For gaming fans, that meant licensed games, and there was cause to be excited about that – the last few years had seen a number of excellent Disney licensed games on consoles, including the likes of DuckTales and Castle Of Illusion. Recognising the value of the Aladdin licence, Disney did something unusual and split the rights amongst a number of parties. Three companies ended up with the rights to publish games; Sega was granted the right to publish games on its own platforms, Capcom got the licence for the SNES, and Virgin had the option to produce versions for other computers and consoles.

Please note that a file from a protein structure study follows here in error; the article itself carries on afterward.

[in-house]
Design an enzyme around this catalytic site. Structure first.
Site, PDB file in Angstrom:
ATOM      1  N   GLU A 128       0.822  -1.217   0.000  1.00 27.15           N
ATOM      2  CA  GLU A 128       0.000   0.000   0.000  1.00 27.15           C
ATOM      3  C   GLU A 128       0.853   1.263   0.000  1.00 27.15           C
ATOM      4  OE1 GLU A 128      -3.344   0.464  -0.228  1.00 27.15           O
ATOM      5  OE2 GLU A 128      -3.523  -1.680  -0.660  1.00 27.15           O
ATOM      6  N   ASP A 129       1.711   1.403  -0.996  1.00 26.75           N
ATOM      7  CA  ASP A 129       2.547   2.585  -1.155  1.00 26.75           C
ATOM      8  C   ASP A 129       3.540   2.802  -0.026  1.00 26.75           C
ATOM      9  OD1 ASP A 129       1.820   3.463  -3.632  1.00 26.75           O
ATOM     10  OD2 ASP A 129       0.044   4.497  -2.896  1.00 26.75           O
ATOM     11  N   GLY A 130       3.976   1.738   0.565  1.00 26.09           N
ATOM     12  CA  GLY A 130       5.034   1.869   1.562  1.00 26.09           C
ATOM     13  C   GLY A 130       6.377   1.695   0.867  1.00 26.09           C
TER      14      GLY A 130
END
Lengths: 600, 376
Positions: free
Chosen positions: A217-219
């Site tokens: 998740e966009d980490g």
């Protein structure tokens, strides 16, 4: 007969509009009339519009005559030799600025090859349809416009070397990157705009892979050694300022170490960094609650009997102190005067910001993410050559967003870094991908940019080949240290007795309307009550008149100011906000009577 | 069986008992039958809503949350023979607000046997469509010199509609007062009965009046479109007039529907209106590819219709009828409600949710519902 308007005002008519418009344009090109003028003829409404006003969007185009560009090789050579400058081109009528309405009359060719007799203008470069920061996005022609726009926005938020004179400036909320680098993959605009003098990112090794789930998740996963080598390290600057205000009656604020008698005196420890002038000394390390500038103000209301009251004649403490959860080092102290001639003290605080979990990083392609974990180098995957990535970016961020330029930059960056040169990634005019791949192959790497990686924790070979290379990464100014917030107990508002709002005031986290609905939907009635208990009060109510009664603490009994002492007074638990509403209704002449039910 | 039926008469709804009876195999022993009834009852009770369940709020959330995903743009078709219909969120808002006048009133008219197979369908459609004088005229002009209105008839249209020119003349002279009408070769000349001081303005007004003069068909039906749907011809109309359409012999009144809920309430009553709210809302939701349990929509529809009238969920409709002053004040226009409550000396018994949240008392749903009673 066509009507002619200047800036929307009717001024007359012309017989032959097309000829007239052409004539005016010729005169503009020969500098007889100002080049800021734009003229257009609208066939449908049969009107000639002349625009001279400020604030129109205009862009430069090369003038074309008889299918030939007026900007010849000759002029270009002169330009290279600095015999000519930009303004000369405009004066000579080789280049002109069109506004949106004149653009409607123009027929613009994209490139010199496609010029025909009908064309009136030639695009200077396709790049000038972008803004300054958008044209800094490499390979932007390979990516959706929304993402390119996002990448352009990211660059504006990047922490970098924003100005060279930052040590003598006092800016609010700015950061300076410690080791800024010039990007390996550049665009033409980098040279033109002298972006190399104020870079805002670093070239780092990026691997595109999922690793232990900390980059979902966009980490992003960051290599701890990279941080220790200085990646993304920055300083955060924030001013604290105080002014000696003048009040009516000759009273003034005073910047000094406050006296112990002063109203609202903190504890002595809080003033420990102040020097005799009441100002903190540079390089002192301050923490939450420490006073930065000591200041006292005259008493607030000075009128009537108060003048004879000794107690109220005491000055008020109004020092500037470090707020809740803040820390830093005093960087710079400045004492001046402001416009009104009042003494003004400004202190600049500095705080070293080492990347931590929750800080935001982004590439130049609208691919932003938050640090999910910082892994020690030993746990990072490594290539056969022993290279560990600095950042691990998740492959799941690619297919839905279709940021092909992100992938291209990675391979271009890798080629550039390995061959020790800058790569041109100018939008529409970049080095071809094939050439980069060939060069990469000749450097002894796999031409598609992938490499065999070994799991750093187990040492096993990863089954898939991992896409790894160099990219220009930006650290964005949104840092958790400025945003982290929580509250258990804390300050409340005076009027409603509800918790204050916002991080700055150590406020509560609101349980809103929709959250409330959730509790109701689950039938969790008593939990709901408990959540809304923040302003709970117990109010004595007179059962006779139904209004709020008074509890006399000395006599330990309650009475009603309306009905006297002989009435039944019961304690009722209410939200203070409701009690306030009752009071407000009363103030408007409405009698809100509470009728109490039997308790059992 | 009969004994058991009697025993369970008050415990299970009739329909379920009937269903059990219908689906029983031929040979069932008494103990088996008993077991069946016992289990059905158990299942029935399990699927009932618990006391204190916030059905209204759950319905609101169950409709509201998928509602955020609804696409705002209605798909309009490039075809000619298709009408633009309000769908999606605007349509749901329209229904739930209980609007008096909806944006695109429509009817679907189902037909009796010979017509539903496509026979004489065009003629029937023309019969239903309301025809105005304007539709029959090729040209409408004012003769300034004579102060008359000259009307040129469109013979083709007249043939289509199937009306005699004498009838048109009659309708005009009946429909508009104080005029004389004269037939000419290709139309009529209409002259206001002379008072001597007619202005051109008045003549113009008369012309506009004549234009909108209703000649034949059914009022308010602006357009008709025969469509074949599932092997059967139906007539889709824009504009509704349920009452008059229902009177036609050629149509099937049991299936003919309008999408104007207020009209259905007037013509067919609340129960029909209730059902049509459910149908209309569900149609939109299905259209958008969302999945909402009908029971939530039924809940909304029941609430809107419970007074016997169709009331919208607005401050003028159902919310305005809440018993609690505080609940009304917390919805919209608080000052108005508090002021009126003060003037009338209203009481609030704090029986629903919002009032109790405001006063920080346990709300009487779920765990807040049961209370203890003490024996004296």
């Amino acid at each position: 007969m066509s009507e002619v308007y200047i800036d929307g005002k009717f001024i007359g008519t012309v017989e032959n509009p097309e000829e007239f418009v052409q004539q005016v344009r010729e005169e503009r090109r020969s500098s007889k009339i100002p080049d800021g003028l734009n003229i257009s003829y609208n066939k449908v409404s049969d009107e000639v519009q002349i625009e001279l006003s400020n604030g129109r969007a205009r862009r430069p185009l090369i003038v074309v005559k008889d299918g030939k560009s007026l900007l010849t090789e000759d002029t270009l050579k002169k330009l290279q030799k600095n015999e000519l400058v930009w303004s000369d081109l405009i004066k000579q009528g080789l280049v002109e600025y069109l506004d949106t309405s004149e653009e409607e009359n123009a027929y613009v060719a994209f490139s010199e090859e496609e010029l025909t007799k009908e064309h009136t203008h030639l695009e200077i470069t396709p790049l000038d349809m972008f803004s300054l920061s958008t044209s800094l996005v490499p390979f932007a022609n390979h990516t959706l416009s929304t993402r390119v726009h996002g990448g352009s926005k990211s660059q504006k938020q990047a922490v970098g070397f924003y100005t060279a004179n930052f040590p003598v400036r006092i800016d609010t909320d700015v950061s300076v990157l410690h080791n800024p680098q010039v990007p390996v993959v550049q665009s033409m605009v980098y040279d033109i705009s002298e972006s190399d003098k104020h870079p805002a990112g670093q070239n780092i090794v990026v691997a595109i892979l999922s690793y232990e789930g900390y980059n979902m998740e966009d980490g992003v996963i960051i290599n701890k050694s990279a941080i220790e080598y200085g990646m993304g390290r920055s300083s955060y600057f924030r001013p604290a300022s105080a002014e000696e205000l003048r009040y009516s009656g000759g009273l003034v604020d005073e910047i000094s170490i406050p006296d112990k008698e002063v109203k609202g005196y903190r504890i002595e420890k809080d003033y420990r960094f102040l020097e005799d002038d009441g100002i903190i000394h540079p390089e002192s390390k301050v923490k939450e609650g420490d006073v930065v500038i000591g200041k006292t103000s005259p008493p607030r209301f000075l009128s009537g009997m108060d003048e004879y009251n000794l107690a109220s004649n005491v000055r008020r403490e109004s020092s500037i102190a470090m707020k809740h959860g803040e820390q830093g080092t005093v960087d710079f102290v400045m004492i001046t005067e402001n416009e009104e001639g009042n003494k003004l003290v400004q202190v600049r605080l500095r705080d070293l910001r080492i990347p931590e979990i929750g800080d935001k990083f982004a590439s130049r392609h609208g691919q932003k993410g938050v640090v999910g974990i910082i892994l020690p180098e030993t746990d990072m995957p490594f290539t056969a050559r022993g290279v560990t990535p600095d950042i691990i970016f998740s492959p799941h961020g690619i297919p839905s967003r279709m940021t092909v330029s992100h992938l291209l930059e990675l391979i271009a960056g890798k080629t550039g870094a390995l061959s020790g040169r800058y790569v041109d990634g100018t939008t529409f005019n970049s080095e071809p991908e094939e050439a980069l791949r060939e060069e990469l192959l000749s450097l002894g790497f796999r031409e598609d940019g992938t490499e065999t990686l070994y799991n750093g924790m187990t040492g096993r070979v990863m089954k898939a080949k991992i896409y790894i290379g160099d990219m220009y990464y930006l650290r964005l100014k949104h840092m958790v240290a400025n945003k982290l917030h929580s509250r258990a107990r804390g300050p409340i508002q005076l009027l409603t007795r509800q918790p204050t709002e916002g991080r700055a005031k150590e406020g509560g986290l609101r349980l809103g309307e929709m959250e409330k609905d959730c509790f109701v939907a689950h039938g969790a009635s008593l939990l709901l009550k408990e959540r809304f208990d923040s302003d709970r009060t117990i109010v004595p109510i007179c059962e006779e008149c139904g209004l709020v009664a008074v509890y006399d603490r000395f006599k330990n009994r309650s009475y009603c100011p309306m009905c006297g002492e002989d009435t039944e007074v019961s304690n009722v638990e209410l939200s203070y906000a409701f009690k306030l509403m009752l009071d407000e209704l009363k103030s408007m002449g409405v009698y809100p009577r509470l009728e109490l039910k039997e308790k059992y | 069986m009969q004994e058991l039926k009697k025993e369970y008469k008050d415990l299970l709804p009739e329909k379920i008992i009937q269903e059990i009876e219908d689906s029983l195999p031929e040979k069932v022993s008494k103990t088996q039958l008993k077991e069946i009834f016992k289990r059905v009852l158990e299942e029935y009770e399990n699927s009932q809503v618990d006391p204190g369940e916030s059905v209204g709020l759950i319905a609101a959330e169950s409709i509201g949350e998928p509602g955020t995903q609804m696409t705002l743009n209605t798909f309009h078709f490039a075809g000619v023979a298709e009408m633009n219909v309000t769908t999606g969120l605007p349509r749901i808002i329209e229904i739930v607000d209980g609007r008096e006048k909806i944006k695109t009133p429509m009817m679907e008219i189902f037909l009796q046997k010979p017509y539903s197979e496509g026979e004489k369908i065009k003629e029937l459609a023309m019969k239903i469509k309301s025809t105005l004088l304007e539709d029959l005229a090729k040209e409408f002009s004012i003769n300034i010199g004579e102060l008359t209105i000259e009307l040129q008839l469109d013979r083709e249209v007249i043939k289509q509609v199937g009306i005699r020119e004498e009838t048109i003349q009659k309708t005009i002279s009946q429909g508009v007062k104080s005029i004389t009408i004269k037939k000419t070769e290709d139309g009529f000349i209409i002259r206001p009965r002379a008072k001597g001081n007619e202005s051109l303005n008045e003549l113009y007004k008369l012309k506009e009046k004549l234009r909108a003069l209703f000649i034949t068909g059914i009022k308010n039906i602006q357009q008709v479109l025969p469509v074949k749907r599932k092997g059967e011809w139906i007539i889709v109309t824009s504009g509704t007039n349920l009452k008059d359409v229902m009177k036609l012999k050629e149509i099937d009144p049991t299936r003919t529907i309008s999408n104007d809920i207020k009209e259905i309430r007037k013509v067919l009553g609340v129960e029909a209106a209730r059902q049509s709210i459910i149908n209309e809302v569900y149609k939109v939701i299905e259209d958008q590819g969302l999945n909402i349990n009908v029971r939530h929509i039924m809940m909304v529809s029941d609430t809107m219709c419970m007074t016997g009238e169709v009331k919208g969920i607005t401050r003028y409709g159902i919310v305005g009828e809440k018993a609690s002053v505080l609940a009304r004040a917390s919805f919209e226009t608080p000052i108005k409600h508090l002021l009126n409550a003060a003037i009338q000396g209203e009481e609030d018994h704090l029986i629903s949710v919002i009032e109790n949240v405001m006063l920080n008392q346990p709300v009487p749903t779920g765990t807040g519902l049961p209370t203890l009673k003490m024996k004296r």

First out of the blocks was Sega. The company initially assigned the project to BlueSky Software, which had previously delivered Ariel The Little Mermaid for the publisher. However, progress was slow as the small team was also working on Jurassic Park. With no easy way to prioritise either project and Disney growing displeased with the lack of progress, the plug was pulled on BlueSky’s version. Luckily for Sega, which had lost a lot of time, Disney had a preferred partner which was willing to do business in the form of Virgin Games. It helped that the company’s president, Martin Alper, had a previous relationship with Sega from his time at Mastertronic, which had distributed the company’s hardware and software in Europe until 1991. What’s more, Virgin had a team capable of delivering high-quality Mega Drive games, as it had proven itself with Cool Spot.